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article imageShun the Tories, leading commentator tells UK Lib Dems

By Andrew John     May 9, 2010 in Politics
As shuttle diplomacy continues among political parties to determine who will rule Britain, one of the country’s leading economic and political commentators is urging Liberal Democrat leader Nick Clegg to shun the Tories and throw in his lot with Labour.
The Tories (or Conservative Party) got the highest number of seats (306) in last Thursday’s general election, but not enough to form an overall majority.
Labour – who have ruled for 13 years – got the second-highest number (258), with the Lib Dems holding their customary third position (57), putting Clegg in the position of king maker.
More talks are due today between Clegg and Tory leader David Cameron. But Will Hutton, writing in the Observer, says: “The Liberal Democrats have the opportunity to create a proper coalition government that can last for at least two or three years and transform the country. There can be fair voting, fair deficit reduction and fair capitalism.”
Among the major changes the Lib Dems wish to see – and one that repeatedly appears in their manifesto – is electoral reform. The Tories would not wish to go too far down that road, because they believe the current first-past-the-post voting system makes for a more stable parliament.
Hutton disagrees: “Conservatives in both principal parties warmly approve of British democracy as delivering strong, decisive and stable government. It does no such thing. It delivers strong, one-party government, which is very different.”
Hutton says Clegg has real power – power that comes once in a generation.
“It is power to insist on a referendum on proportional representation. Power to break up the banking system and reconstruct British finance. Power to insist on civil liberties and repeal of the legislation on ID cards. Power to require that British newspapers are owned by EU, if not British, nationals who pay UK tax and conform to British competition policy.”
Discrepancy
Although the Tories have claimed they have the moral right to take power and have the most seats, they did not get the majority of votes in the country – a discrepancy that some form of proportional representation would iron out.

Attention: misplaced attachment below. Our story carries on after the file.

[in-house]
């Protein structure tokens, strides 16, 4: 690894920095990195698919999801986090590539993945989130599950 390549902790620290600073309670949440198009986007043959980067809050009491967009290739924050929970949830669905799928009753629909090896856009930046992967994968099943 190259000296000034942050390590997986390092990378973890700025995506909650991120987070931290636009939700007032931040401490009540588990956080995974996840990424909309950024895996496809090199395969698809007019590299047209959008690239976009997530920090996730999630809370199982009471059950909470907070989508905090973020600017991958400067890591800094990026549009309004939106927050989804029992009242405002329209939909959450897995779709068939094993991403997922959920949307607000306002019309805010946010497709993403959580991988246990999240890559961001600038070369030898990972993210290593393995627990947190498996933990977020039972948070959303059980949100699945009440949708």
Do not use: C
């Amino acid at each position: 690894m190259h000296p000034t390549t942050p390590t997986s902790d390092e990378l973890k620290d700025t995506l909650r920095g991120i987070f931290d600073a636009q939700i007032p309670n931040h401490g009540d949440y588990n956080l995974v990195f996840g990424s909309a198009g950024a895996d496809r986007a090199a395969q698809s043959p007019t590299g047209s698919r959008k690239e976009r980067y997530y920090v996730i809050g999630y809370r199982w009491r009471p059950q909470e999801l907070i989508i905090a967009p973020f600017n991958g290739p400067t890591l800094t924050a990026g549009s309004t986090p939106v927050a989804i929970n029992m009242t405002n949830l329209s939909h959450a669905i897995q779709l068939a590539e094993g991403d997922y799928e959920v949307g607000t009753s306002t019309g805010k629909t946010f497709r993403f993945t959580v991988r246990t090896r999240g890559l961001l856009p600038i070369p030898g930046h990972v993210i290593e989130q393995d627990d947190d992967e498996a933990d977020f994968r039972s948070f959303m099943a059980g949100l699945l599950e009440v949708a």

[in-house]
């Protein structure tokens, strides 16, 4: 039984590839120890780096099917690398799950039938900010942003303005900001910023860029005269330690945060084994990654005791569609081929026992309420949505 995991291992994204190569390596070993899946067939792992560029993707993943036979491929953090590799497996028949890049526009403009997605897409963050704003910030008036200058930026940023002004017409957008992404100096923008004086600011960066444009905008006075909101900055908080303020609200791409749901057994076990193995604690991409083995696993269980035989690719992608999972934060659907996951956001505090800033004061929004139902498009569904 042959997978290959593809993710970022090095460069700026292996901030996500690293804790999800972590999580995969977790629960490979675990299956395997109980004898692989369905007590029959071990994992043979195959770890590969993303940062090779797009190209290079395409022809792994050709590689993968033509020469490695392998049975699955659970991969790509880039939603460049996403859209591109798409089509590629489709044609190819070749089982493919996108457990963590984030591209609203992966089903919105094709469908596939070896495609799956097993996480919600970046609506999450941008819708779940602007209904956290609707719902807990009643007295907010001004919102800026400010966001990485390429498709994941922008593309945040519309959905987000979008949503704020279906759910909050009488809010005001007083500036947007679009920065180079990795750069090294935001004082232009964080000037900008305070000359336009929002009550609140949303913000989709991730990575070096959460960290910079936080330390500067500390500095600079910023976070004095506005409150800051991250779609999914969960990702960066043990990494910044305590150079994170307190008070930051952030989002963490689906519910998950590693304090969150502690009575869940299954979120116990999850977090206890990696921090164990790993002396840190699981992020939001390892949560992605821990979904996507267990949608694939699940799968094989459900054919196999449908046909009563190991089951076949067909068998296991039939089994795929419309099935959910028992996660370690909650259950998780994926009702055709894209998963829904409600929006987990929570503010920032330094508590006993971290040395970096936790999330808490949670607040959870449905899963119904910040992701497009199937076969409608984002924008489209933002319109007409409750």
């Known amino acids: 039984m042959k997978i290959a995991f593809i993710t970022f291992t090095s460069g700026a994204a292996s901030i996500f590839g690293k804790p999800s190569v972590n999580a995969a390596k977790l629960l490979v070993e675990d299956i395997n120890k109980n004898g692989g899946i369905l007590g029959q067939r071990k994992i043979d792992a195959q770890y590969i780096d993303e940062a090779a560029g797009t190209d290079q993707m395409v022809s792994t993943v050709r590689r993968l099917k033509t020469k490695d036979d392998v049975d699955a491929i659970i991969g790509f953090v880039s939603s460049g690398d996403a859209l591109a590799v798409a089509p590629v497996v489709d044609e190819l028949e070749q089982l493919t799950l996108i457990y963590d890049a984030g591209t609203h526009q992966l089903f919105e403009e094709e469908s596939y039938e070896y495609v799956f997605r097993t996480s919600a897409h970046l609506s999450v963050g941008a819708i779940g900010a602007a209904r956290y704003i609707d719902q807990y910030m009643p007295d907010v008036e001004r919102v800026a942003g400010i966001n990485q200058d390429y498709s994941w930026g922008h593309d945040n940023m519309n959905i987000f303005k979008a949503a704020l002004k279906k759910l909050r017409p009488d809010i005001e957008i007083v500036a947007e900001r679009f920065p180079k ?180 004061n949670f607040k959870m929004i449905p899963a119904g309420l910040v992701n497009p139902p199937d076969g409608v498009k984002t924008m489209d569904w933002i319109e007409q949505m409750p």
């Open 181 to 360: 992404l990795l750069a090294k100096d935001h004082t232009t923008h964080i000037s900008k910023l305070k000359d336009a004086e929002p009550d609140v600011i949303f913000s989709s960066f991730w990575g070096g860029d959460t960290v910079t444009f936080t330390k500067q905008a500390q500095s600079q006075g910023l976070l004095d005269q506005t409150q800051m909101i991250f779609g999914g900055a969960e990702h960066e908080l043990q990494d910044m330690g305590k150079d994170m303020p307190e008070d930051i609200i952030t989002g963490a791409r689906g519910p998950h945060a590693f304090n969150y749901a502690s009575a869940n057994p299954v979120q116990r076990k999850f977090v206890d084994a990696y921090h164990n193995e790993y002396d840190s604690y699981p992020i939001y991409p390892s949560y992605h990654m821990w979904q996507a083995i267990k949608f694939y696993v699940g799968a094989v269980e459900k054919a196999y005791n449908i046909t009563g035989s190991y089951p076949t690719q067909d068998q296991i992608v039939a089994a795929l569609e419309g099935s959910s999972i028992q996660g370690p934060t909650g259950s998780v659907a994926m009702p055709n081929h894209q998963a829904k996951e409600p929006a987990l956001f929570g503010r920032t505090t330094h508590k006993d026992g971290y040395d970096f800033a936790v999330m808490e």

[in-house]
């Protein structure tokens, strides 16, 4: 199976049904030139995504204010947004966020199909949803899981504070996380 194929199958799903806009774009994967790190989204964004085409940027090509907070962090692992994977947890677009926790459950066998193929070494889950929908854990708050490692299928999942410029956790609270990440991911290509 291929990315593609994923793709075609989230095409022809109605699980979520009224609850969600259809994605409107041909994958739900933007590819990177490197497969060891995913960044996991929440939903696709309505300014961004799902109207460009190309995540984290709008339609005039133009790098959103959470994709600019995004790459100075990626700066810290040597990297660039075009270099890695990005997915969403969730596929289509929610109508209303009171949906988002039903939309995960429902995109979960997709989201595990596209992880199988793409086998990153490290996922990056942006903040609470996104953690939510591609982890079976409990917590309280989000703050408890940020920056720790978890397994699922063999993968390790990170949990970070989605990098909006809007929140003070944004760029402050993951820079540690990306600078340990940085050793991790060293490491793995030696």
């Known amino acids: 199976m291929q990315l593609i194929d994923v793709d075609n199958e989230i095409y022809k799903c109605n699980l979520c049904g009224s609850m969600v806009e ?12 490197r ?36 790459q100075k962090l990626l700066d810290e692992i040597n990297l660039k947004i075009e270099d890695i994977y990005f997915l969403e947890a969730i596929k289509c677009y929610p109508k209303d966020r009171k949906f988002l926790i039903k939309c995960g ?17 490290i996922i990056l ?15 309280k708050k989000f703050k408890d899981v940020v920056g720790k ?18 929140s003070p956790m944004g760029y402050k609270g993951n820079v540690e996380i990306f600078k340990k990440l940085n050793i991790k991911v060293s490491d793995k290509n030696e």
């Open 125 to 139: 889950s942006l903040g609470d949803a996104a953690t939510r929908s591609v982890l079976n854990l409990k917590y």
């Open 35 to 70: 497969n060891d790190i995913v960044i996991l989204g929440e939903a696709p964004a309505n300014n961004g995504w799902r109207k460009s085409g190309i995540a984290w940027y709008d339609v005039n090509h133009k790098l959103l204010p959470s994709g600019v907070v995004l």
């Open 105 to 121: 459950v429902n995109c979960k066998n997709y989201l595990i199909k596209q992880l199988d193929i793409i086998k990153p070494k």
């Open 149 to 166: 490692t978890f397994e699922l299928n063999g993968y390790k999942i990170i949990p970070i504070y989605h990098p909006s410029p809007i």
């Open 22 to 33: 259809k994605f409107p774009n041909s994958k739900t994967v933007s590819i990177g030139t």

The Tories won 10,706,647 votes (36.1 percent), with Labour gaining 8,604,358 (29 percent) and the Lib Dems 6,827,938 (23 percent), indicating that the country is basically left of centre.
If other parties joined in a coalition to support Labour and the Lib Dems, a workable majority could be achieved, and this is what many campaigners are hoping for.
About a thousand protesters gathered outside the building where senior Liberal Democrats were meeting in Westminster yesterday to discuss a possible deal with the Tories. The protestors were demanding a fairer voting system.
“The protesters urged the party to stand firm in their long standing policy call for changes to the system,” reports the BBC.
Among them was the campaigner and musician Billy Bragg, who said the hung Parliament was an opportunity to bring about “genuine electoral reform”.
“We don’t like these negotiations going on behind closed doors. The votes that people cast on Thursday should have given us a coalition government,” he said.
“We need a consensus government to deal with the difficult choices we have ahead. That’s what the British people voted for.”
Youngest voter
One very young voter who wanted to make a difference and keep the Tories out was just 14, but donned a trench coat and adopted a “posh accent” and managed to vote in the Northern county of Lancashire after being sent a voting card by mistake.
“It was just too much of a temptation to resist,” said 14-year-old Alfie McKenzie. “I’m a socialist, I’m really, really interested in politics. I’d been reading up on it a lot before the election, and I’d got very interested in tactical voting. Nobody asked me for ID or anything. I was literally in and out of the polling station in about 15 seconds.”
But he got caught when a teacher who knew what he’d done decided to tell the head teacher (school principal), and Alfie got a police warning. But he had managed to cast a vote. Unfortunately for his hopes, the Tory candidate did win the seat.
“As I said to my headteacher today, regrettably, I’m only sorry that I got caught. I would be a Labour supporter, but I voted Lib Dem tactically: I would have been interested in a Lib–Lab coalition, but Clegg is in [talks] with Cameron right now, isn’t he? I’m not really a Cameron man.”
Big Ben
Britain’s general election saw for the first time the results projected onto the famous tower that houses Big Ben, the iconic clock that dominates the Palace of Westminster in London.
The election projection was made possible by a deal between Westminster authorities and the BBC.
“The idea behind projecting the results is to provide a clear and simple source of information and an arresting image,” said the BBC, adding that the idea was to “provide a running tally of the number of seats won by Labour, the Conservatives and the Liberal Democrats, along with those gained by the smaller parties and independents combined.”
The clock (it’s the great bell that’s called Big Ben, although the name has extended to the clock and even the tower) celebrated its 150th anniversary in 2009. It began ticking on May 31, 1859, and the building is still the third-tallest free-standing clock tower in the world.
More about Electin, General election, Big ben, Nick clegg, David Cameron
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